If you moved to AIX from Linux, like I did, the one thing you will miss with KSH is the command recall and auto-complete that BASH offered. Well you needn’t worry because KSH has these capabilities, you just have to spend some time familiarising yourself with the new techniques.
This tutorial will be heavily related the the Vi Tutorial. I suggest if you need more help or explanations with this, please visit that post for further explanation.
When using KSH, you can select the default history editor type. To do this we use the “set -o” command.
$ set -o vi -> use vi as your command history editor
$ set -o emacs -> use emacs as your command history editor
$ set -o gmacs -> use gmacs as your command history editor
This will in turn allow you to use vi to edit the line that you are currently typing. This will help for command history recall and editing and reissuing commands with errors etc.
Once you have issue the “set -o vi” command, you will use basic vi techniques to navigate and edit your history:
<esc> + k -> This will bring up your most recent command, and initiate the history recall session. From now on you will be using vi on your current line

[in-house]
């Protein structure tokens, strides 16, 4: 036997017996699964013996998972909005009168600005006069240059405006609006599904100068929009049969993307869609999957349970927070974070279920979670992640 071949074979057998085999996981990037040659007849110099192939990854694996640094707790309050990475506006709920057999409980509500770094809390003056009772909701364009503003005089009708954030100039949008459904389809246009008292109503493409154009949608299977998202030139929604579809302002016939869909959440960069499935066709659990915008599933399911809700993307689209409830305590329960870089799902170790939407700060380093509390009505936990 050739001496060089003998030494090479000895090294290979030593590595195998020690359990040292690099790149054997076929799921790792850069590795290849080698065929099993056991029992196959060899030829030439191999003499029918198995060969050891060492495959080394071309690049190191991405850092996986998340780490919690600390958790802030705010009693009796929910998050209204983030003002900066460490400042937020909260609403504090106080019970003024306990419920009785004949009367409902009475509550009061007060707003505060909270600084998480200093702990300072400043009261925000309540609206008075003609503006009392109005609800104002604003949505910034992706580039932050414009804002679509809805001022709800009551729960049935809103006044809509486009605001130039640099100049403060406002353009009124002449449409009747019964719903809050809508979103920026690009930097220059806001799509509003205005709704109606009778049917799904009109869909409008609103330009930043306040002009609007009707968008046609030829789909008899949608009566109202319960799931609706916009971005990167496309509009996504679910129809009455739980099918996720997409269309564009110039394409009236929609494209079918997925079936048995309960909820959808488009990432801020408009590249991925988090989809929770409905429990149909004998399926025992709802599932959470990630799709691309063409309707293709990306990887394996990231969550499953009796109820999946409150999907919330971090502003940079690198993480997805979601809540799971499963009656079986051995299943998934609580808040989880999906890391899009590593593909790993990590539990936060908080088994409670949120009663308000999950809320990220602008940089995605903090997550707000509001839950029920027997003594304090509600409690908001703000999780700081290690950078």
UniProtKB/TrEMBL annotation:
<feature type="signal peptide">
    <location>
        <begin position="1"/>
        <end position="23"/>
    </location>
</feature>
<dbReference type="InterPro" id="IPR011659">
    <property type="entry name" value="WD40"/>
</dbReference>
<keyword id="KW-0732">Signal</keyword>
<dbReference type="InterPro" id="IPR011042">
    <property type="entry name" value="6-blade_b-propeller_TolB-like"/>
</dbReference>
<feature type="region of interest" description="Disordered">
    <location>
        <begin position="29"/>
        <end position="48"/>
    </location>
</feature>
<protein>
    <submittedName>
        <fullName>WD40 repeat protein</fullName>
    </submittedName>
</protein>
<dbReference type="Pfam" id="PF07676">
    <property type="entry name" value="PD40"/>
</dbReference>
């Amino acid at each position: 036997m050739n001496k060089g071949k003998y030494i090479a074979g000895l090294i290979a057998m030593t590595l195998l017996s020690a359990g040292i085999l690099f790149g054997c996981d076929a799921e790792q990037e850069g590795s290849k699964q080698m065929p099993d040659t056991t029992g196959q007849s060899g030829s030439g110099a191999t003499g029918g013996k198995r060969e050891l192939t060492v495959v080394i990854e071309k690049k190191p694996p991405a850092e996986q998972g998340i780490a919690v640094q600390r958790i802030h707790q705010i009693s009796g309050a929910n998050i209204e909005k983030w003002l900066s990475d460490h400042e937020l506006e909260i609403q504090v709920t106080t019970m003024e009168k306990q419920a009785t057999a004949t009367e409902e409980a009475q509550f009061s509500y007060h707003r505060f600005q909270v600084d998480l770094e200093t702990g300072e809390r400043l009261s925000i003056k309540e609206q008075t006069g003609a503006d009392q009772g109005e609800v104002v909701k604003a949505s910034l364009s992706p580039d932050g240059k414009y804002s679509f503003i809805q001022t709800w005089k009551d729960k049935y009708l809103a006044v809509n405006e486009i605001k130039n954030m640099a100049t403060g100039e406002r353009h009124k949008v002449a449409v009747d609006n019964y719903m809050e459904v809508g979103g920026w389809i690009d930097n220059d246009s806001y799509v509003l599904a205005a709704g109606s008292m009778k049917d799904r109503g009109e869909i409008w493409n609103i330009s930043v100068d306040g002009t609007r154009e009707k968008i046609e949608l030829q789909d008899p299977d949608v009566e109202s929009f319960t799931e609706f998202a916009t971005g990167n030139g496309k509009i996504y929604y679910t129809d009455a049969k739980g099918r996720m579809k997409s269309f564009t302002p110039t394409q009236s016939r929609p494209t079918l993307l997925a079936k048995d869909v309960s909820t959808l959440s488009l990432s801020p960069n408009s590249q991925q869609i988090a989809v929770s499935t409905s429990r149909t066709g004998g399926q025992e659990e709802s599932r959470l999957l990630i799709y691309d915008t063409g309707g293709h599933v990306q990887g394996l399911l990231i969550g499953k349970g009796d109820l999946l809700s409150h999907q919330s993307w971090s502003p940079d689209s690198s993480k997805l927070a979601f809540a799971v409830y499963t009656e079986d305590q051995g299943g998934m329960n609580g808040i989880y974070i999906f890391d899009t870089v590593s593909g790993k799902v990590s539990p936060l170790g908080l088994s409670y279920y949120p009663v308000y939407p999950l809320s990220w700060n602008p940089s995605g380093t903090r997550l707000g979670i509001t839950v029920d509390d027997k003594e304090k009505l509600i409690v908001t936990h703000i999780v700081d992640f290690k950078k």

k -> up
j -> down
h -> left
l -> right
x -> delete char
A -> append to line
i -> switch to insert mode
<esc>+’=’ -> This command will give you a list of possible files/directories that exist based on your input. For instance, if you are in a directory with “text.txt, terminal.out, erlog.out” and you issue “$ ls te<esc>+’='”, you will get:
<esc>+\ -> This command will complete the file name as far as it can, similar to file name completion in BASH using <Tab>.
I hope this quick tutorial on command history recall and editing has helped you. Remember you can add “set -o vi” to your profile to ensure it is set every time you log onto the lpar.